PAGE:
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Edgar J. Kaufmann (November 1, 1885–April 15, 1955) was a prominent German-American businessman and philanthropist who owned Kaufmann's, the best-known department store in Pittsburgh, Pennsylvania in the twentieth century. When Albert Einstein visited Pittsburgh in 1934, Mr. Kaufmann was one of the city's leading citizens who met with him.

In Pittsburgh, Mr. Kaufmann generously financed the Light Opera Company, and donated US$1.5 million for the erection of the Civic Auditorium. Improving the infrastructure of the city was one of his concerns; another was art patronage. In 1926 Kaufmann commissioned American artist Boardman Robinson to create a series of nine murals for his flagship department store in Pittsburgh on The History of Trade, completed with automobile paint.

Architect Benno Janssen designed several structures for Kaufmann including his Fox Chapel, Pennsylvania residence (1924-25) known as La Tourelle. The Pittsburgh Chamber of Commerce in 1930 awarded an excellence in design with the exterior.. Additionally Janssen designed Kaufmann's Depaartment Store in Pittsburgh.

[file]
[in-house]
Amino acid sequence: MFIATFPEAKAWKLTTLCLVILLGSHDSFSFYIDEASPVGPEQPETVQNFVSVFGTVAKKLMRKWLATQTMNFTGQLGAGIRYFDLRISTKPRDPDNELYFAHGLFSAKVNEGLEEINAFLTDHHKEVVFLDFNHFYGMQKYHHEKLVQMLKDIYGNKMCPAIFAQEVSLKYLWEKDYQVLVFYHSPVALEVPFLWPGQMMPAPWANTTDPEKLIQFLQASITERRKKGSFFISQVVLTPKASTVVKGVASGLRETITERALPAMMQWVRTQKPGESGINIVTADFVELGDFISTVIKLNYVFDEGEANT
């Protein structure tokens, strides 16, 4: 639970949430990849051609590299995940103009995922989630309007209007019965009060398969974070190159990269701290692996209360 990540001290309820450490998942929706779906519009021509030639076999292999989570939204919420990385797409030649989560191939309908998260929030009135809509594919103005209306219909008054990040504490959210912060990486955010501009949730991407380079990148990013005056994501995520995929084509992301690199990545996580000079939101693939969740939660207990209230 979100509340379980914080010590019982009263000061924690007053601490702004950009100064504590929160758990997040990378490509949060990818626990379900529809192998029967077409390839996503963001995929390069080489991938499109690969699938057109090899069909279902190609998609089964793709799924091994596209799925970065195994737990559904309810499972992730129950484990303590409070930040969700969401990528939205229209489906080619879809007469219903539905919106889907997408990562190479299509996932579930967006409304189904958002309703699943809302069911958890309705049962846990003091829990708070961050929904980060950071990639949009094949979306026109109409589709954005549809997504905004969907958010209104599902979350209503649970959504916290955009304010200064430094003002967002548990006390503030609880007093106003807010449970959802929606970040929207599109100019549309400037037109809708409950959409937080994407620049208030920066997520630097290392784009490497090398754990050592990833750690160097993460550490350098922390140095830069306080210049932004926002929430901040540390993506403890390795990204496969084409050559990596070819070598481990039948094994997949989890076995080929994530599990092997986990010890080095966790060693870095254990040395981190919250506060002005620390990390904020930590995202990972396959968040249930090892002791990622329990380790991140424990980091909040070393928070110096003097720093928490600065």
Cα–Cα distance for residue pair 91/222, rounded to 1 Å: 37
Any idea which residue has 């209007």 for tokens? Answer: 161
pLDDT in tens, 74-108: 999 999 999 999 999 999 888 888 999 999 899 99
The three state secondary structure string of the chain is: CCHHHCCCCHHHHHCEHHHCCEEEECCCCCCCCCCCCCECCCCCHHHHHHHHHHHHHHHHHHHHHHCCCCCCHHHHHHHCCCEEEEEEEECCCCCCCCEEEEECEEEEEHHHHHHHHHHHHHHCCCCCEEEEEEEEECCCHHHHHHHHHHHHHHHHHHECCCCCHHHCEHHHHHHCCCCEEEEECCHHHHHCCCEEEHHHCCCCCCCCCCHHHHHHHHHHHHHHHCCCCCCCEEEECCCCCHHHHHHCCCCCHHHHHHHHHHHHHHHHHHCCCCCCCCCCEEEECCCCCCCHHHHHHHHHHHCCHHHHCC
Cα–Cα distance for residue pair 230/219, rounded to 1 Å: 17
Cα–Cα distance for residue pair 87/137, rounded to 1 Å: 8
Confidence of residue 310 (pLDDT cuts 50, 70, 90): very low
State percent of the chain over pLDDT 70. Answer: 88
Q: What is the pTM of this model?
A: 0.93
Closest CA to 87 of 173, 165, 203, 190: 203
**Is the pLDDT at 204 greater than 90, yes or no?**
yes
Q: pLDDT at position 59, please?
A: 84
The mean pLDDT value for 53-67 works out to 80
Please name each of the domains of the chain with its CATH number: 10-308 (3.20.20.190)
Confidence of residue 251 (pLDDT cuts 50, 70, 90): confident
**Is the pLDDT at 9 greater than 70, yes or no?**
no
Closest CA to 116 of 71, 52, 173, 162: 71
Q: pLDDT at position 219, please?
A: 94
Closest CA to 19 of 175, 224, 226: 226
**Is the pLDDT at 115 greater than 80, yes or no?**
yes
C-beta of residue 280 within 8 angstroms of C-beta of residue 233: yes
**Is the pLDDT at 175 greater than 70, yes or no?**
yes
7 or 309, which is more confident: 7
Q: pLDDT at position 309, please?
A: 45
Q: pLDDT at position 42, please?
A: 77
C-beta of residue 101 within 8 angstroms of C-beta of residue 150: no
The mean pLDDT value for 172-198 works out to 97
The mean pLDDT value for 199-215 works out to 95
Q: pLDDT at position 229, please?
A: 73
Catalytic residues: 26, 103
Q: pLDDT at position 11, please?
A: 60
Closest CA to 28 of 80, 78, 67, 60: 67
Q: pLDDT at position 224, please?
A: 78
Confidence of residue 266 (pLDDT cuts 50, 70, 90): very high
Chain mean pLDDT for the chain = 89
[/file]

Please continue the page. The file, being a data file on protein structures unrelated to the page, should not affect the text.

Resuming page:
Mr. Kaufmann employed architect Frank Lloyd Wright to design a weekend home. The result was a true architectural landmark, Fallingwater, near Mill Run (about 75 miles southeast of Pittsburgh). Being the original owner of Fallingwater has generated more widespread interest in Mr. Kaufmann than any other of his endeavors and accomplishments. A special relationship developed between the famed architect and Kaufmann.[1] He also commissioned Richard Neutra to build another landmark house for him: Kaufmann Desert House, completed in 1946.

The bulk of his estate was left to his charitable fund, which concentrated its efforts towards improving the lives of the residents of Pittsburgh. His son Edgar Kaufmann, Jr. inherited Fallingwater.

Notes

  1. ^ "Merchant Prince and Master Builder" by Richard L. Cleary, 1999
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